Posted on April 23, 2021
Every night from the second seder until Shavuot, we count the days, tying together the physical exodus from Egypt with the Jewish people beginning to say yes to God at Mount Sinai. There is a Kabbalistic custom to connect the counting of the omer (sefirat ha’omer) with the kabbalistic understanding of the attributes of God (Sefirot). There are seven lower Sefirot, seven days of the week, and seven weeks of the omer count. The kabbalist assigned each week a Sefirah, a specific attribute of God according to the kabbalistic understanding, and then each day of the week rotates through the seven Sefirot. The first one is Hesed, lovingkindness, and the first day of the omer count is Hesed within Hesed. The second day of the count would be Gevurah within Hesed, and so forth. I am not kabbalistically inclined, to put it mildly, and this is a custom of the omer count I have always been quite happy to ignore, that is, I have always counted the Omer days without reference to the Kabbalist understandings of the Sefirot of God and have been perfectly satisfied with that.
A few weeks before Pesah I got a call from my son, Rabbi Rafi Spitzer (aka Rabbi Spitzer the Younger). “Ima,” he said, “would you like to collaborate putting together some quotes and journal prompts relating to the counting of the omer, with the goal of sending out daily omer reminders?”
“Are they supposed to be connected to the Sefirot?” I asked.
“Absolutely,” Rabbi Rafi answered. Hmm. This was WAY out of my comfort zone.
The plan was that each rabbi would take one week, relating to one Sefirah, and would put together a quote and a journal prompt for each day of the week. Rabbi Rafi would collate the whole thing and give each of us a series of seven weeks of slides that we could share with our congregations. It seemed like a good idea. But it had to do with that kabbalistic stuff. It would require a real stretch for me. It was hard. Out of my comfort zone. Maybe I should pass.
After considering the matter, I decided that the reach would be good for me. It would be positive for me personally to try a different way of expressing the mitzvah of the omer count, even if it is Jewish, new, and a bit uncomfortable. Maybe I would get something out of it, learn something new. And it would be a positive example for my community. After all, I ask other people to reach beyond their comfort zones in the Jewish arena on a regular basis. I should demonstrate that I too can do that. In the end, I decided to do it not in spite of the fact that it was out of my comfort zone. I decided to do it specifically BECAUSE it is out of my comfort zone. I called Rabbi Rafi and told him that I was in.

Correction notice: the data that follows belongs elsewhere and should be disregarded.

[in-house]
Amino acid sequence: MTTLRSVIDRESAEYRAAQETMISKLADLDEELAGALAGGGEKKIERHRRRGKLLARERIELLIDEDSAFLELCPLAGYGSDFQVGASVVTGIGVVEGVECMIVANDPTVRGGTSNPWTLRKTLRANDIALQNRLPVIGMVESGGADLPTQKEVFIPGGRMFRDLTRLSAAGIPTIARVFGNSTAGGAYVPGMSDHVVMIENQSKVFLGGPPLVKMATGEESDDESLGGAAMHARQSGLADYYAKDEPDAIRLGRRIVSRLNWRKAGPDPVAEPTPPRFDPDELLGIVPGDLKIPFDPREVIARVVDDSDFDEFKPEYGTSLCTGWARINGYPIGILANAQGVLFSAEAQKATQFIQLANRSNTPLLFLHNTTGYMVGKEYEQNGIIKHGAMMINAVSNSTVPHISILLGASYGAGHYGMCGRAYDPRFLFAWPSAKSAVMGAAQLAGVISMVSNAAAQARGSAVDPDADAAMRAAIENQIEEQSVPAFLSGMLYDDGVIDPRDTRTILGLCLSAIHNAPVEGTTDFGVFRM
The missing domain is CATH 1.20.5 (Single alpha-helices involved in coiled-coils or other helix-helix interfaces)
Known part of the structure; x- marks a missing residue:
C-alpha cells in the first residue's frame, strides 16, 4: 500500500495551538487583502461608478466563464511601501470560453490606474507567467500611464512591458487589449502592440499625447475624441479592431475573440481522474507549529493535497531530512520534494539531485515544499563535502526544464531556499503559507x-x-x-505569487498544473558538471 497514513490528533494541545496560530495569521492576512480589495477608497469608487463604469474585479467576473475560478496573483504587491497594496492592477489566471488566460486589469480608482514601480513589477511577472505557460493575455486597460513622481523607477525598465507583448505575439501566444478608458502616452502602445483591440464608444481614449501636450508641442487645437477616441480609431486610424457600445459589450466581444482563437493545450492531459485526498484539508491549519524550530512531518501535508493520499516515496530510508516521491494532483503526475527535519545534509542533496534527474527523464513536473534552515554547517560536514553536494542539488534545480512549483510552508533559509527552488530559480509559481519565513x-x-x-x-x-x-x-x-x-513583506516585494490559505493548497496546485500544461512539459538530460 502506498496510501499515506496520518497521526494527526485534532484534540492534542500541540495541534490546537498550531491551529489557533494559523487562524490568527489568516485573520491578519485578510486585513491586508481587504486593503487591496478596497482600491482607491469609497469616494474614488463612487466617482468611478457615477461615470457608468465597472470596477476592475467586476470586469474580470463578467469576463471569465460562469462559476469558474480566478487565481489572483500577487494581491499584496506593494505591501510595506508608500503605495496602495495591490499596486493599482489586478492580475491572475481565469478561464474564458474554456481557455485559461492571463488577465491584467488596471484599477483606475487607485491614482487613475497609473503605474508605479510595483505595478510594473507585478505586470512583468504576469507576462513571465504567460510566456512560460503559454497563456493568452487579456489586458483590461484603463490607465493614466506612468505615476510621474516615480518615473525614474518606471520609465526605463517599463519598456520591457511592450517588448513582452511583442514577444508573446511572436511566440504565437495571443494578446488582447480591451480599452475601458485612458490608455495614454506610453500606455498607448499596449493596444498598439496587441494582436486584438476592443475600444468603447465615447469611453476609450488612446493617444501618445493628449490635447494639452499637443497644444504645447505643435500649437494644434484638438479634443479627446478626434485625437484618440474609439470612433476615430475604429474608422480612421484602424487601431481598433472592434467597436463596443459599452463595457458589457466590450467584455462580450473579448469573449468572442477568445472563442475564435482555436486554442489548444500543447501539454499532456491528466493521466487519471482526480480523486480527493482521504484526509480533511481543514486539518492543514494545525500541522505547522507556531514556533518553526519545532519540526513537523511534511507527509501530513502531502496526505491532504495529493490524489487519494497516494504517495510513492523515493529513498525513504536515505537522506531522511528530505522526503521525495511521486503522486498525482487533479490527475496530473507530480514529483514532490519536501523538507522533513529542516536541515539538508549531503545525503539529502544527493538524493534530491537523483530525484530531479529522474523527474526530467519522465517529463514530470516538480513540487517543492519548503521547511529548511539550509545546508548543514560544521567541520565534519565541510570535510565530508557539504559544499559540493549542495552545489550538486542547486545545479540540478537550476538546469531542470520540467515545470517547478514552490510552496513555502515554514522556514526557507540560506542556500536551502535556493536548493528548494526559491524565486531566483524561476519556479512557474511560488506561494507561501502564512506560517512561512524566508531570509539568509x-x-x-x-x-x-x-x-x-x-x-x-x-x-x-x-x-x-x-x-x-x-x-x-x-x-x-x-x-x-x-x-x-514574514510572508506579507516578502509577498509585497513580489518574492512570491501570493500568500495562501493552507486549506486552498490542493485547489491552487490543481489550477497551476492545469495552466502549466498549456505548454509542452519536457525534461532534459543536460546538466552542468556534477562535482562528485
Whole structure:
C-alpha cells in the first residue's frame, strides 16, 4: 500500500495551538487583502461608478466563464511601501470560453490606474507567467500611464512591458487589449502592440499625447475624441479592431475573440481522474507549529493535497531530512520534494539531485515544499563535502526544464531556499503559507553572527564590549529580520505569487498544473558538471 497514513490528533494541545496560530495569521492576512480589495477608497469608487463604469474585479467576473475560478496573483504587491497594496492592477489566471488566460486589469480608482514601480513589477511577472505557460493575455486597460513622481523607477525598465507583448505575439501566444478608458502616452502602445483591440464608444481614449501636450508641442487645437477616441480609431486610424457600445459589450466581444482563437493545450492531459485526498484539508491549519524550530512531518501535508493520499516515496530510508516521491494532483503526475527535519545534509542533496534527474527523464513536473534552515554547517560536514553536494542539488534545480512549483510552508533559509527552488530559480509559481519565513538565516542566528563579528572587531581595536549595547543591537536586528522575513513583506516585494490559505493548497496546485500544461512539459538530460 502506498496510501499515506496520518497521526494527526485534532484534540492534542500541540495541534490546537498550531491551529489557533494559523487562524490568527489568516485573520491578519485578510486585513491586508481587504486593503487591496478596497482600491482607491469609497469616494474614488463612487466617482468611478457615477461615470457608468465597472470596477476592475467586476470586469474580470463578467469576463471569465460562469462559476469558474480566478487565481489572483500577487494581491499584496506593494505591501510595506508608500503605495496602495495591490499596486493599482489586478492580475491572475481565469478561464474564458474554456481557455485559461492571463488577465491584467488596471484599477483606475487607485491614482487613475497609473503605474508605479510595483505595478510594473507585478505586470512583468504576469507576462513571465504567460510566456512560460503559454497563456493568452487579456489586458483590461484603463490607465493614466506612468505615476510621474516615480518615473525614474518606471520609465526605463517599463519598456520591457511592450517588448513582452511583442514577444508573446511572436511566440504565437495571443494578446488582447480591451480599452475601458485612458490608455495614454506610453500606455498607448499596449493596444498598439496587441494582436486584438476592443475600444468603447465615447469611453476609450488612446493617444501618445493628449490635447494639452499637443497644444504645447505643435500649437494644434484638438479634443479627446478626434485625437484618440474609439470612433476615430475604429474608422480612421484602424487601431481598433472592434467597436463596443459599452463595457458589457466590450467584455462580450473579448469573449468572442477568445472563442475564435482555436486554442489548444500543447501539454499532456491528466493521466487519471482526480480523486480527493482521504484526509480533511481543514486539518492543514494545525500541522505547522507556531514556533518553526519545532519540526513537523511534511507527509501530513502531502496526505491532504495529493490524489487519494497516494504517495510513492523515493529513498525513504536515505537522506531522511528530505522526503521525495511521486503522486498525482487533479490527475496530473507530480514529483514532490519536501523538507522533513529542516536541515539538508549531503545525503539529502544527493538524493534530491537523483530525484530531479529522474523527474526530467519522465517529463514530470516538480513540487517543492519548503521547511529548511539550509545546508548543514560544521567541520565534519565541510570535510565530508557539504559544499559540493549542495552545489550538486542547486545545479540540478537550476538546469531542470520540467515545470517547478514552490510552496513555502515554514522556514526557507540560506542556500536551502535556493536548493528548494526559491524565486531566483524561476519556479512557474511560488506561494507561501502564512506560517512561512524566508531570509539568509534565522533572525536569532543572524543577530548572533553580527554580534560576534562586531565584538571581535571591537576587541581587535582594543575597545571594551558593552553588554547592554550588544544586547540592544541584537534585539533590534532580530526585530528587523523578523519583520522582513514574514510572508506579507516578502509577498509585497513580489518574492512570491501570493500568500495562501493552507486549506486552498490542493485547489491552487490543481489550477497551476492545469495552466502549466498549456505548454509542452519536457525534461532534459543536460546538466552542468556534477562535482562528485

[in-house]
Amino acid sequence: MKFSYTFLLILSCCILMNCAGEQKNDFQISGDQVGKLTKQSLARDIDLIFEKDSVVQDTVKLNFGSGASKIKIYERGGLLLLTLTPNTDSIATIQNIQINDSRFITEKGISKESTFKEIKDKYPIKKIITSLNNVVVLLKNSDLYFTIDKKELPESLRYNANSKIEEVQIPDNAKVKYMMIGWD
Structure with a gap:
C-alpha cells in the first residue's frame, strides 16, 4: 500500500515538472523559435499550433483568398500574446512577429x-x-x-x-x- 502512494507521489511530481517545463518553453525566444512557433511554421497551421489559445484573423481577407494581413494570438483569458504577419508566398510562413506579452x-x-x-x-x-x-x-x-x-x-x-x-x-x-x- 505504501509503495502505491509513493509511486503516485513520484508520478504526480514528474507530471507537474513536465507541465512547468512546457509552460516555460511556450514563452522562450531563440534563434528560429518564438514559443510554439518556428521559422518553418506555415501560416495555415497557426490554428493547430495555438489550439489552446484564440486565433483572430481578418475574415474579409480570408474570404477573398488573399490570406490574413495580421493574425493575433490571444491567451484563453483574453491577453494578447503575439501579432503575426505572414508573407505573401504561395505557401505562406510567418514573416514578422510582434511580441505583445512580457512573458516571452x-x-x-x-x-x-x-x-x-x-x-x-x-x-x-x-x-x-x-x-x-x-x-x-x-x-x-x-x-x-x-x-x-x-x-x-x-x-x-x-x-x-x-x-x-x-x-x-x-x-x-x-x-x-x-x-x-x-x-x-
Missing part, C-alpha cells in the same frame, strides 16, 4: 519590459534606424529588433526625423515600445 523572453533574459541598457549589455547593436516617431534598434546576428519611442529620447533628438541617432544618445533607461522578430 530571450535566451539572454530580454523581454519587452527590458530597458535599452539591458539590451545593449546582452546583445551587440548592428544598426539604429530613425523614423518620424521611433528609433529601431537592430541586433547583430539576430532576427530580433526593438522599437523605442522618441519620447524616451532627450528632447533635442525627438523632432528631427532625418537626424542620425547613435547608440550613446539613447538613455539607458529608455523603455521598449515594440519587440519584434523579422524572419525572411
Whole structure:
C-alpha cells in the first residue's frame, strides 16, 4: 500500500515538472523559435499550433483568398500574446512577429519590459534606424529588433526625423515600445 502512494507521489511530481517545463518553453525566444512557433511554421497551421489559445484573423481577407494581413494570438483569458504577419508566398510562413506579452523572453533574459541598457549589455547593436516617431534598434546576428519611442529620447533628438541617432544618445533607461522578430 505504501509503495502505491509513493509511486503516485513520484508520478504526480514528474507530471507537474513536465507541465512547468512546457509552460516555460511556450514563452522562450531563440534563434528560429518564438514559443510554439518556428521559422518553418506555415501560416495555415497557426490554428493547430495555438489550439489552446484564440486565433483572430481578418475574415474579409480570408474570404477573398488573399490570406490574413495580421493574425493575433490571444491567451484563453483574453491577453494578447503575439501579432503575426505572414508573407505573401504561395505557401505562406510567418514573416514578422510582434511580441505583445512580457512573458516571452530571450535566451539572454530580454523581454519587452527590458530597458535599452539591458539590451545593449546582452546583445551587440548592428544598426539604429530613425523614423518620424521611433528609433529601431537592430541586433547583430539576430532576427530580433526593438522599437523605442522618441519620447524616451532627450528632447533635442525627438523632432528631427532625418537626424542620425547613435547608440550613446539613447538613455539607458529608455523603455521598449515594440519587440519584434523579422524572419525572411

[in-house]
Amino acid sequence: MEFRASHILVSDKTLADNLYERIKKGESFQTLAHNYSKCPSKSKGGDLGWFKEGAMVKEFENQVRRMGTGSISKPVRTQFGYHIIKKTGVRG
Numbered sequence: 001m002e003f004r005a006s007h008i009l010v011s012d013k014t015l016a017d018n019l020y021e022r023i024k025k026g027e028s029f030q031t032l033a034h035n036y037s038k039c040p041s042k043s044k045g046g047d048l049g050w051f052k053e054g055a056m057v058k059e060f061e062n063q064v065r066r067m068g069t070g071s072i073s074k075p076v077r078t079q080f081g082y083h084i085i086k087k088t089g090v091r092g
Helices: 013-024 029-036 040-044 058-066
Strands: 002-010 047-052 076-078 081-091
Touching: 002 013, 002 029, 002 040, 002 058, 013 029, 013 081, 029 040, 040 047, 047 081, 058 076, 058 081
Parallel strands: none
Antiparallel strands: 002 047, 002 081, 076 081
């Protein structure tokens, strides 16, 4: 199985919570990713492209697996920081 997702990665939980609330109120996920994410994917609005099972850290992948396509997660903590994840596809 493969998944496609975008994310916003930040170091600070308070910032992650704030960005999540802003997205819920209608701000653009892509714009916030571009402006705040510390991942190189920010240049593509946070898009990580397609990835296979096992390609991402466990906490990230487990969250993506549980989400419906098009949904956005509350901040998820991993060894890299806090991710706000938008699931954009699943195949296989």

I was given the 5th week, correlating to the Divine attribute Hod, which I rendered as Glory. I thought about the idea of Glory as part of the Divine. What does that mean? I sought quotes connecting Hod with the other sefirot. Definitely a new experience for me. To my surprise, I enjoyed it. As a bonus, I have been enjoying getting the Omer Inspirations each evening, reading the quotes, and thinking about the journal prompts that my colleagues wrote. Yes, I like some more than others and I get more out of some than others. I imagine that you do too. That is to be expected. But overall, I am finding this an inspiring way to count the omer and I am pleased that I was able to reach out of my comfort zone. I recommend it.
The fifth week begins Sunday evening, April 25th, which is this coming week. Starting Sunday night and going until the following motzaei shabbat, you will be receiving the quotes I chose and the journal prompts that I wrote. The other six weeks are the work of 5 other rabbis (Rabbi Rafi took two weeks when one collaborator could not do it at the last minute.) I hope that you too are enjoying the omer count and the connection with the Sefirot.
Stay tuned for information about Torah study on the evening of Shavuot.